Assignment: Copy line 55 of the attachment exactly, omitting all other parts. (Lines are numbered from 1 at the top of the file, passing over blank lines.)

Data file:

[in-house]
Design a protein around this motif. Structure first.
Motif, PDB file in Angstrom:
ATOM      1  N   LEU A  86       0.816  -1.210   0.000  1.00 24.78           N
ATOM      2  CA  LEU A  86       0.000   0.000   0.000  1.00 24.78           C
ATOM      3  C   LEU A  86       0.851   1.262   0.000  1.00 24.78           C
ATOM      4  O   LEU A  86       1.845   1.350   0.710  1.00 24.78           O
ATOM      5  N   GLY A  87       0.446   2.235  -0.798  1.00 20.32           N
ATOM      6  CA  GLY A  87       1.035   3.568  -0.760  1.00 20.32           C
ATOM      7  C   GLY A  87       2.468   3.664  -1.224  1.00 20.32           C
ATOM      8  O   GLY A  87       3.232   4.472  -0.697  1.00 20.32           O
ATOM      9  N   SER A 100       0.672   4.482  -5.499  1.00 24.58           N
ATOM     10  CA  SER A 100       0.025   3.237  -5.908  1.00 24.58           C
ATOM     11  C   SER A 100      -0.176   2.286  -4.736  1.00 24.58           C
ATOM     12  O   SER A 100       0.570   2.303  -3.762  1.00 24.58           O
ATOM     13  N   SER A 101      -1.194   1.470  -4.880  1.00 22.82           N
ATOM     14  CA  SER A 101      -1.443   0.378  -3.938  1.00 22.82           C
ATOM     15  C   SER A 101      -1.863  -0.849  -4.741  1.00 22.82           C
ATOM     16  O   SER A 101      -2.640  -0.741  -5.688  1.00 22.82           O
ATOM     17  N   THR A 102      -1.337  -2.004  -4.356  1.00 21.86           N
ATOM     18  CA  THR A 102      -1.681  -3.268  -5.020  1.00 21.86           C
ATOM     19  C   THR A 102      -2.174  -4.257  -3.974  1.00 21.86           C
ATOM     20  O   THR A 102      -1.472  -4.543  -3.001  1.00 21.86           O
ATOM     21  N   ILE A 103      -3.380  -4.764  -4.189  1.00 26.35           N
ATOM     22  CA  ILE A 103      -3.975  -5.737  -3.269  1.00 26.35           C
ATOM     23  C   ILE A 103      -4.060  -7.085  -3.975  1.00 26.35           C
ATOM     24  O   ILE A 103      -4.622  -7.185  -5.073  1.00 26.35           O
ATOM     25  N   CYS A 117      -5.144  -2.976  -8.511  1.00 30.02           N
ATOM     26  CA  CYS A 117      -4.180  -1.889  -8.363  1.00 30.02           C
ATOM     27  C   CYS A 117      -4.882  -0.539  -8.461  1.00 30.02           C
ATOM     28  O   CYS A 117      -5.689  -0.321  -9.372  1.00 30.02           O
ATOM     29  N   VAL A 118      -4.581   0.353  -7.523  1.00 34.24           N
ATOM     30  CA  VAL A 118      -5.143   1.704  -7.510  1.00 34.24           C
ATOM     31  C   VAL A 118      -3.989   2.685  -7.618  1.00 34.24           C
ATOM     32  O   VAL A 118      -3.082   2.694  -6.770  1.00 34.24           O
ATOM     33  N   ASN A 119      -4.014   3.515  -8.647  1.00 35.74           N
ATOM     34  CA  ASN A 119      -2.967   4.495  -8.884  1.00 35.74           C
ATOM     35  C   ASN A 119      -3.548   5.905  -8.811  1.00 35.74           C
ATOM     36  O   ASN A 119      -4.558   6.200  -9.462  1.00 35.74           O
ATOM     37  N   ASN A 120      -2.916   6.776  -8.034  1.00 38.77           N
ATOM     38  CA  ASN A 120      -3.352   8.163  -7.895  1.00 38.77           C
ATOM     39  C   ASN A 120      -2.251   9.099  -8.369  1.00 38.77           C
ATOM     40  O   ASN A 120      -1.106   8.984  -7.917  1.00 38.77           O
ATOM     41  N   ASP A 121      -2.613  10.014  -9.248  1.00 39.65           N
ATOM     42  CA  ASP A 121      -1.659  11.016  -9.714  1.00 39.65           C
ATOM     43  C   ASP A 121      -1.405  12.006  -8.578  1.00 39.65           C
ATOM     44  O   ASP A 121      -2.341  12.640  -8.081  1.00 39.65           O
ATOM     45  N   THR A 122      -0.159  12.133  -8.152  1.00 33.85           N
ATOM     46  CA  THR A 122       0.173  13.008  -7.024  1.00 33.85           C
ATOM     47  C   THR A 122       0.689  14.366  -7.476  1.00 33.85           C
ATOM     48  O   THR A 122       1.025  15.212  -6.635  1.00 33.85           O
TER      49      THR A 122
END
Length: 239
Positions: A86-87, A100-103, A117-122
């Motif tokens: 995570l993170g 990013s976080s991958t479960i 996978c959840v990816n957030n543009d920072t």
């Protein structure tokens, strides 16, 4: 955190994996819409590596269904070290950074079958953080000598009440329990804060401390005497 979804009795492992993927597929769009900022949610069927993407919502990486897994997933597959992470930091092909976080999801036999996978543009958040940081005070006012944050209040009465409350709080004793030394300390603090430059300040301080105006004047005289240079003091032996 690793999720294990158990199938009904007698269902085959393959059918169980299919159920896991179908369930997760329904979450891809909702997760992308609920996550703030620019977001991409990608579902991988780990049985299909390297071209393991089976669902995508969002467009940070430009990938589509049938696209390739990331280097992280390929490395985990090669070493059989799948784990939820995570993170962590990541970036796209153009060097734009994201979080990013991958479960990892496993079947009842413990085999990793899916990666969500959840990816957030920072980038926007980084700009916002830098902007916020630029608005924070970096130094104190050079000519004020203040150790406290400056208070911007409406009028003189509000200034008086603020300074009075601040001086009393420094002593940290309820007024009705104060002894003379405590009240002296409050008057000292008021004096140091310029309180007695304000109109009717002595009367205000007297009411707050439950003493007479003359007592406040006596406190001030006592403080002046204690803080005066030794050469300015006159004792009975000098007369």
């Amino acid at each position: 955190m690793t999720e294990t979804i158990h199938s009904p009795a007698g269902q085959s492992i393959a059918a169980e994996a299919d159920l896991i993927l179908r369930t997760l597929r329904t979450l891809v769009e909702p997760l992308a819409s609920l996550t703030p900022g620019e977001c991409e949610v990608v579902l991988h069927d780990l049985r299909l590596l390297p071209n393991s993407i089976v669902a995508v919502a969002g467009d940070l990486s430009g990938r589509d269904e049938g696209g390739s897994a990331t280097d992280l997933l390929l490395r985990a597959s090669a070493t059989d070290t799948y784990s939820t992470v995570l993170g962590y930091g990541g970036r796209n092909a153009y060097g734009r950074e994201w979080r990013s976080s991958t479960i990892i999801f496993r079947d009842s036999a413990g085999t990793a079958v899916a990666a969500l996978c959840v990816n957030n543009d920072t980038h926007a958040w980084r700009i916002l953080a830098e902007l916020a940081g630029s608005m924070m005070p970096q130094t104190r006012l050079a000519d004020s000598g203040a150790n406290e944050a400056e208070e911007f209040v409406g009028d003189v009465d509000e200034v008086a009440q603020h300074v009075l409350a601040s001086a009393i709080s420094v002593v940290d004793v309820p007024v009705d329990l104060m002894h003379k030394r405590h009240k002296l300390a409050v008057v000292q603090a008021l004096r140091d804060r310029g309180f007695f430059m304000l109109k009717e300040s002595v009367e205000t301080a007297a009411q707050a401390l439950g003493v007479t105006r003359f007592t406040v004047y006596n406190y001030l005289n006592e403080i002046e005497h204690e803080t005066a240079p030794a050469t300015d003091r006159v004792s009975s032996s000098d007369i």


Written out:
Positions: A86-87, A100-103, A117-122